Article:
Star Wars Celebration Chicago 2019: Marvel Comics Presents: Star Wars

image via StarWars.com

Bursting with excitement but revealing not too much at all would be a fair way to describe “Marvel Comics Presents: Star Wars,” the Marvel Comics panel for Celebration Chicago. Hosted on the Twin Suns Stage, the third largest panel room set up at McCormick Place, the panelists spoke to a packed house of fans eager for news about one of the most refreshing facets of stories currently available in the galaxy far, far away. Initially seated on the stage were Lucasfilm Story Group member Matt Martin, Marvel Star Wars assistant editor Tom Groneman, and comics writers Greg Pak and Ethan Sacks. Later in the panel John Tyler Christopher, introduced as the artist behind the retro Star Wars action figure packaging covers, found a spot at the table. With the exception of the moderator and Pak, the panelists were predominantly white and male, a disappointing selection of participants for an industry in need of further inclusion and diversity. One writer who would have made a fantastic addition would have been Jody Houser, fresh off of writing the Star Wars: Age of the Republic series and currently at work on Star Wars: TIE Fighter, a mini-series prequel to Alexander Freed’s Alphabet Squadron trilogy.

The principal announcement was that Pak would be taking over the main Star Wars title from Kieron Gillen after the completion of the current story arc. For those wanting a taste of Pak’s style of Star Wars, check out the ongoing release of Star Wars: Age of Rebellion. Pak related his excitement at being asked to take over the main title. Sacks was equally enthusiastic about having been tapped to write a miniseries about Disney’s Galaxy’s Edge; the recently released first issue features a story of everyone’s favorite smuggler, Han Solo, working a job for one of the Black Spire locals. An interesting factoid that Sacks revealed about the series: he worked with Disney’s Imagineers to write within the actual geography of the new park area that will be opening up later this year. Thus, fans of the comic will get to see the same spaces in person as they saw in their issues.

Throughout much of the panel the writers exhibited a certain fear of sharing too much, often accompanied by furtive glances to their editor or Lucasfilm’s Martin for permission to expand upon their answer or to draw them to a close. No questions were taken from the audience, perhaps to more carefully control what information would be released, and perhaps to reduce the stress the creatives on the panel endured concerning what they could or could not share. Cover artist Christopher, whose presence seemed like an afterthought, notably had little to say. His exclusion from the main gist of the panel became awkwardly apparent when, during a question about what could be shared in an answer by one of the writers, a huddle formed of everyone on the panel but Christopher. To his credit, Christopher filled the silence with a few wisecracking comments that made light of the moment.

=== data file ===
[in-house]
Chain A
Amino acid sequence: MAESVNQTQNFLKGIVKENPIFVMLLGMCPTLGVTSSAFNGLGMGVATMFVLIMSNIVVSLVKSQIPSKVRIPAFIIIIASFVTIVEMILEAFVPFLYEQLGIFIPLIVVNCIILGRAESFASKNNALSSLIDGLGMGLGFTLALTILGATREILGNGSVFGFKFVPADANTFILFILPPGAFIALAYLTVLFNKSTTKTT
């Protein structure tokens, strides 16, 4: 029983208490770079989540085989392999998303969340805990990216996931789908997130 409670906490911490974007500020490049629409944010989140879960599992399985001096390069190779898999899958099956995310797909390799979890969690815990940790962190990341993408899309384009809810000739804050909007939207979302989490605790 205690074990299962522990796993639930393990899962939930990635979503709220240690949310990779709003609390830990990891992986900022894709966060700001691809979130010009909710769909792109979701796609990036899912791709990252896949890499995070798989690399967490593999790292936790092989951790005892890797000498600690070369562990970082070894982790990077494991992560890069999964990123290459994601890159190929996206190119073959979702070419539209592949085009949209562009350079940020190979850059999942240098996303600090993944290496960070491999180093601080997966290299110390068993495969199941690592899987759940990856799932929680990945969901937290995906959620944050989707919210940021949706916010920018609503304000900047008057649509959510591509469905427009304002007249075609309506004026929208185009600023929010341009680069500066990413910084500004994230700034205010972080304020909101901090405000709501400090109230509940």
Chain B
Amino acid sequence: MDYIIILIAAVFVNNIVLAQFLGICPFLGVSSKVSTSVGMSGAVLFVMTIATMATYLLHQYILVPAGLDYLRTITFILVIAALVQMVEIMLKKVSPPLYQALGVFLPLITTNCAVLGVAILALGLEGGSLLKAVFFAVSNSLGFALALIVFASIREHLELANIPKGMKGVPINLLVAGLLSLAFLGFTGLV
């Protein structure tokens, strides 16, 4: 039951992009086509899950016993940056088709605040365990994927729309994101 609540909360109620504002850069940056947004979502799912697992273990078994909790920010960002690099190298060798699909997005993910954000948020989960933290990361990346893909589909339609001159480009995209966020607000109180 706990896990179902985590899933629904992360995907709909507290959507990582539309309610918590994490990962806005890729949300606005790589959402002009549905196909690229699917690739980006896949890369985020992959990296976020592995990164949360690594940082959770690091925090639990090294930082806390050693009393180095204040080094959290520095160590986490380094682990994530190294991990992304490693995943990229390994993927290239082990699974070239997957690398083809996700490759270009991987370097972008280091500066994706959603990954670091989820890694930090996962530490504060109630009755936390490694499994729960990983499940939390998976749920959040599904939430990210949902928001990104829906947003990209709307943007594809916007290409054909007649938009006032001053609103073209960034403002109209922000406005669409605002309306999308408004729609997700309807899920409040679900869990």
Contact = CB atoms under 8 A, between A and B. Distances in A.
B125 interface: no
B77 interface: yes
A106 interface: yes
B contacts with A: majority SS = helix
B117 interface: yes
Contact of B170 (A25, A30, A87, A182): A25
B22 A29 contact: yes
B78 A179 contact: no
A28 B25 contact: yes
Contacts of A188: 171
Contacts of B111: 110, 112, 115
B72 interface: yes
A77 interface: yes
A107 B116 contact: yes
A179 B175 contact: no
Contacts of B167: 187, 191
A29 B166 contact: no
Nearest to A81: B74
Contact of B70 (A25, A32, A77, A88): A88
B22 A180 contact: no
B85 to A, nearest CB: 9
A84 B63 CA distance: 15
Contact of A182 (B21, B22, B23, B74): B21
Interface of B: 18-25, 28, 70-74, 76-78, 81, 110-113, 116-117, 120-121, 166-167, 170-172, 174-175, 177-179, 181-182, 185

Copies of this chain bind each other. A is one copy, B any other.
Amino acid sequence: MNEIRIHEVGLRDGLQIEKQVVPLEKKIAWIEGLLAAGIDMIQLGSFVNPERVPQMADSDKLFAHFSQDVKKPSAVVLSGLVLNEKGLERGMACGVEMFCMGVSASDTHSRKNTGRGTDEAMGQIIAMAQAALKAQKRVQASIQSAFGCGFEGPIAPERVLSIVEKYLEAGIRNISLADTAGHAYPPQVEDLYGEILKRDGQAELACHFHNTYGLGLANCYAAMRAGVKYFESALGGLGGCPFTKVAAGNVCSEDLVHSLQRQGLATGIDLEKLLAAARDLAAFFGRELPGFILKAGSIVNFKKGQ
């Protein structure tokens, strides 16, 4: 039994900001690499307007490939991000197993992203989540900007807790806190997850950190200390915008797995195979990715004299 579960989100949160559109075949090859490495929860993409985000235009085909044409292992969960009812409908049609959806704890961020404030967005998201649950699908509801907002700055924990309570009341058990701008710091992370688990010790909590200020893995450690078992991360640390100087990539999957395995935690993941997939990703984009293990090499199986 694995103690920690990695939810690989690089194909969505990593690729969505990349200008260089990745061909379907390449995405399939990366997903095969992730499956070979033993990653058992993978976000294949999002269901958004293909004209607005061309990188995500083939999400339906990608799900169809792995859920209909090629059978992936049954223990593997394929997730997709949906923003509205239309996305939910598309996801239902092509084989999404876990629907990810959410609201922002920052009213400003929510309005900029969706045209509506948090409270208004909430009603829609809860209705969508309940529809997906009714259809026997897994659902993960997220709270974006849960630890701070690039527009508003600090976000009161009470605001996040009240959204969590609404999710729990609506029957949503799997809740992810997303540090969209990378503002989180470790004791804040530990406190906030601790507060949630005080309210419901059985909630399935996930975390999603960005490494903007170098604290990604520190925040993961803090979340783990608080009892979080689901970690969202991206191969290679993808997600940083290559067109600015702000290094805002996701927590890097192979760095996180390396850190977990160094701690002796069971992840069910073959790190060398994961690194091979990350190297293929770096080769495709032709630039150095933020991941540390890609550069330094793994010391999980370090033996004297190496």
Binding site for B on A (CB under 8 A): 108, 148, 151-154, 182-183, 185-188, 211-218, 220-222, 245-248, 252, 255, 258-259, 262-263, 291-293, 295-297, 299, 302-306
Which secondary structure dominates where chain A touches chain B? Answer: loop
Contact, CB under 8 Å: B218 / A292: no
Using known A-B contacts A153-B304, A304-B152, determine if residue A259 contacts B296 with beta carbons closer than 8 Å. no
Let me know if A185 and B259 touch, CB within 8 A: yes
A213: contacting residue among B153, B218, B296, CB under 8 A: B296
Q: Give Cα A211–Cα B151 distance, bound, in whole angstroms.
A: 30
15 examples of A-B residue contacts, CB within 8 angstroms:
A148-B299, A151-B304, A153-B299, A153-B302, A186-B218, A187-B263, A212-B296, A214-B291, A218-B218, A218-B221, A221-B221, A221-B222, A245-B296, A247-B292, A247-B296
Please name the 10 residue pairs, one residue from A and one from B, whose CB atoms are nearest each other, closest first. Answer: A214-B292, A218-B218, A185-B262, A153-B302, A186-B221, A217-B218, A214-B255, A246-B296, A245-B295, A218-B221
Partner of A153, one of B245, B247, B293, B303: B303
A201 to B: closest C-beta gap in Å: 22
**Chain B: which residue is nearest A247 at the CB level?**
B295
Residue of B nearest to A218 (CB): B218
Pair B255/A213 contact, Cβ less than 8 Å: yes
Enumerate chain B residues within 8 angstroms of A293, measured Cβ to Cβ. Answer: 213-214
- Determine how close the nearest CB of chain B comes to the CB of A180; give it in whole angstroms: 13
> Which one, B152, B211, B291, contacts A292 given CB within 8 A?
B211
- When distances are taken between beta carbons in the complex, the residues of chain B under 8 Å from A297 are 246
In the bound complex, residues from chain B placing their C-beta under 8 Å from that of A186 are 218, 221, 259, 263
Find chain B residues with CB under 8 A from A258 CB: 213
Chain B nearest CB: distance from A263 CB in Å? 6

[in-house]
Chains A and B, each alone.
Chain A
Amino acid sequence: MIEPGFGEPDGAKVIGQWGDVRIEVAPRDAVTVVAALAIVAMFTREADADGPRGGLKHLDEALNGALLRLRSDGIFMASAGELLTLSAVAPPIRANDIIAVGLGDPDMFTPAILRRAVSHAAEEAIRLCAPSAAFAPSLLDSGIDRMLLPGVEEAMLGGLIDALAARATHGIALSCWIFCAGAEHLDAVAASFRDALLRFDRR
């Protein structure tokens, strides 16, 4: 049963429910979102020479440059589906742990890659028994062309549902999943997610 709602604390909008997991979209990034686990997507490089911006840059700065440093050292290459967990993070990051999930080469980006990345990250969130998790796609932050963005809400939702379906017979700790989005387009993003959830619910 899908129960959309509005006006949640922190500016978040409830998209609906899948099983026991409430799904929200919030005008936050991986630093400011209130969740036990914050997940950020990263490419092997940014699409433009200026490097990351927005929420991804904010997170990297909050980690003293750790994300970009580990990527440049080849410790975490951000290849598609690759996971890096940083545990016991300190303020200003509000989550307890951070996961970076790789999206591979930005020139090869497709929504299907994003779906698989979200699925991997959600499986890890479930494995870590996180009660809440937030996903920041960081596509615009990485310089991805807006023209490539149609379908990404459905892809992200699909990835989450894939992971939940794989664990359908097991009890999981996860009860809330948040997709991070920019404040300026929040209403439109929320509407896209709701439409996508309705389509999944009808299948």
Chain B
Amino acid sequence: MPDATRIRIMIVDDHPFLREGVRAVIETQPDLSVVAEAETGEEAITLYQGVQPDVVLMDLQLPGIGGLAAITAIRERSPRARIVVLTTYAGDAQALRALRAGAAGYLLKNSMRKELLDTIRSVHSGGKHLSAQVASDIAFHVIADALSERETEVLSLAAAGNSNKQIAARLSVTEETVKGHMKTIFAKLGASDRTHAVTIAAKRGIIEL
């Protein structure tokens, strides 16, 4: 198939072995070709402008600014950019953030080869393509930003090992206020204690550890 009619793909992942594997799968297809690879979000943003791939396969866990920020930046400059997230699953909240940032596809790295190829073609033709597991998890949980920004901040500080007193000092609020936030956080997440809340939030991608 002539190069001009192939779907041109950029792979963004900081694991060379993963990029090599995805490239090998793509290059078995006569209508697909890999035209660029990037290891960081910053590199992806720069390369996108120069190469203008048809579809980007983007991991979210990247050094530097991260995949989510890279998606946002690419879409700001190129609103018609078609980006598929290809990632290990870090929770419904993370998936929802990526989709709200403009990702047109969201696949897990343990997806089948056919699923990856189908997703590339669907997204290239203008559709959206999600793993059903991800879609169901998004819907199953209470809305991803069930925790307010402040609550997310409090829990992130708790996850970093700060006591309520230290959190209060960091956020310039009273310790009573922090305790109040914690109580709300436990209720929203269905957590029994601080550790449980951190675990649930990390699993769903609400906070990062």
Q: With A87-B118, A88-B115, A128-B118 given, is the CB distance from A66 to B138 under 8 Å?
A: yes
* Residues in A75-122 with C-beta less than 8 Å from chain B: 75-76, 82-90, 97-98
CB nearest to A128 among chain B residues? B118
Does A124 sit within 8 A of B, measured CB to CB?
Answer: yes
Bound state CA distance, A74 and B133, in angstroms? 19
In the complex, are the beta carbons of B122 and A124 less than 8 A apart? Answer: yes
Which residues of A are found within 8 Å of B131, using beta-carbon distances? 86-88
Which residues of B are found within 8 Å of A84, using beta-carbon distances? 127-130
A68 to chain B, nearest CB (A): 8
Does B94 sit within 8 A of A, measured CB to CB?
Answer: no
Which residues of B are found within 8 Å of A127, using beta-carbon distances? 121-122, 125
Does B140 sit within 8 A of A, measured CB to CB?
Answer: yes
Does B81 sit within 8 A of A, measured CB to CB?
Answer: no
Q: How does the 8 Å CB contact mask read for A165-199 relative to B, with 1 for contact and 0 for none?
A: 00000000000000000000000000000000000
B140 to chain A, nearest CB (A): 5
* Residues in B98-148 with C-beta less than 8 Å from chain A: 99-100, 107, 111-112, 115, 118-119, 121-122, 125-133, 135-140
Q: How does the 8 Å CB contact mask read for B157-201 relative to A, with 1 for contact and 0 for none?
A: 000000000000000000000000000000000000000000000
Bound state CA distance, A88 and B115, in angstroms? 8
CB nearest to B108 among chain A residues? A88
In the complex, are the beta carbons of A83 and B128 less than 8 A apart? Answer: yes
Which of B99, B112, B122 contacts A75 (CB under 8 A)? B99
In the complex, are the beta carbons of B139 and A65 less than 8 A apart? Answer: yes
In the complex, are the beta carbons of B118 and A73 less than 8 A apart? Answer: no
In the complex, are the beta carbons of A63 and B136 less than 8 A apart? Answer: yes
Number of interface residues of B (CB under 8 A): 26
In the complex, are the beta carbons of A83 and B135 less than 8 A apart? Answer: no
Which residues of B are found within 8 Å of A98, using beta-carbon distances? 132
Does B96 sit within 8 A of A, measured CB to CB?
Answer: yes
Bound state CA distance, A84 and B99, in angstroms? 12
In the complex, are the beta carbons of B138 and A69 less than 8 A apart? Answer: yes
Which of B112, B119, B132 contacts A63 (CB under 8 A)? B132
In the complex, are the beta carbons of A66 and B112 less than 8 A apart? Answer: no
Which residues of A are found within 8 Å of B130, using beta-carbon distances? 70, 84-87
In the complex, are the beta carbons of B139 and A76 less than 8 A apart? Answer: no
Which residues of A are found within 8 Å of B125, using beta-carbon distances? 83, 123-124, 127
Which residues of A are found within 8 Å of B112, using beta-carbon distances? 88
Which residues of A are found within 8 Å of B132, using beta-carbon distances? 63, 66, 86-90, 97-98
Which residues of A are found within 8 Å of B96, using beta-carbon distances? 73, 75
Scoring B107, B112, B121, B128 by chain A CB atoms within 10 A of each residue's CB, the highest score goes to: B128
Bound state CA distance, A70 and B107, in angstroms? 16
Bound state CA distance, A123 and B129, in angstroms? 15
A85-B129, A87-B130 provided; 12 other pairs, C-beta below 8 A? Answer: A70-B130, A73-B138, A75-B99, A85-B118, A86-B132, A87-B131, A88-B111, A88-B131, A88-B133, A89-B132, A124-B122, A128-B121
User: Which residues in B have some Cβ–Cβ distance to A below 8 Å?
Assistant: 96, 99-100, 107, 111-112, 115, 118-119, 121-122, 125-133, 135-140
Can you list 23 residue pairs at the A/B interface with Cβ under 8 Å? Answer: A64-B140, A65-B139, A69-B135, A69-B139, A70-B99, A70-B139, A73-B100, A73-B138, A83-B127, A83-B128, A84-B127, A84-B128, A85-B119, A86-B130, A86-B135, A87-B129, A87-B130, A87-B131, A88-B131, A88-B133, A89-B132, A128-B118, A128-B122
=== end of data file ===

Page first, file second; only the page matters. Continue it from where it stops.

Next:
Cover art with sample pages were the main visual gifts to those who had found a seat for the panel. Some of the covers, such as the Luke Skywalker issue for Age of Rebellion, had been previously released, but a number of covers were brought into the light for the first time. Particularly interesting were Phil Noto’s covers for the upcoming Age of Resistance series, featuring the likes of the best ex-stormtrooper, Finn, as well the shiniest stormtrooper, Phasma. Tidbits were dropped regarding the focus of the issues, such as Finn getting to learn his way around janitorial services and Phasma simply being a nightmare on the battlefield. Others, like the gorgeous covers for Jody Houser’s TIE Fighter series, were simply that, the covers with little information offered.

While women were noticeably absent as panelists, at least one particular fictional woman received a shout-out from Martin and Groneman: Dr. Chelli Aphra. The confirmation future adventures beyond her most recent issue, which left Aphra in a rather compromised state, indicated that there would be reflection on her childhood. As we know from her introduction in Darth Vader, it was far from a pleasant one. The panel concluded with an invitation for cosplayers – most dressed as Aphra, though there was one Magna Tolvan, Aphra’s recent romantic interest – to come on stage to be applauded and recognized for their passion. Hopefully at the next Celebration in 2020, the panel will be at least a little more inclusive and diverse. And while it would be wonderful to say this panel was a can’t-miss opportunity, it conveyed mainly enthusiasm for the franchise and not much more.

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Ross Brown

Ross Brown spent much of his childhood in the “Dark Times,” before new Star Wars films existed beyond myth and rumor, subsiding on way too many hours of Star Wars novels, games, and repeated viewings of the original trilogy on VHS. In the enlightened era of The Force Awakens, little has changed, but to avoid frightening friends, family, and random strangers with his passion for Star Wars, Ross writes about the franchise at Brown’s Review at BrownsReview.com. You can also follow him on Twitter: @Wolfesghost.
Ross Brown

Ross Brown

Ross Brown spent much of his childhood in the “Dark Times,” before new Star Wars films existed beyond myth and rumor, subsiding on way too many hours of Star Wars novels, games, and repeated viewings of the original trilogy on VHS. In the enlightened era of The Force Awakens, little has changed, but to avoid frightening friends, family, and random strangers with his passion for Star Wars, Ross writes about the franchise at Brown’s Review at BrownsReview.com. You can also follow him on Twitter: @Wolfesghost.

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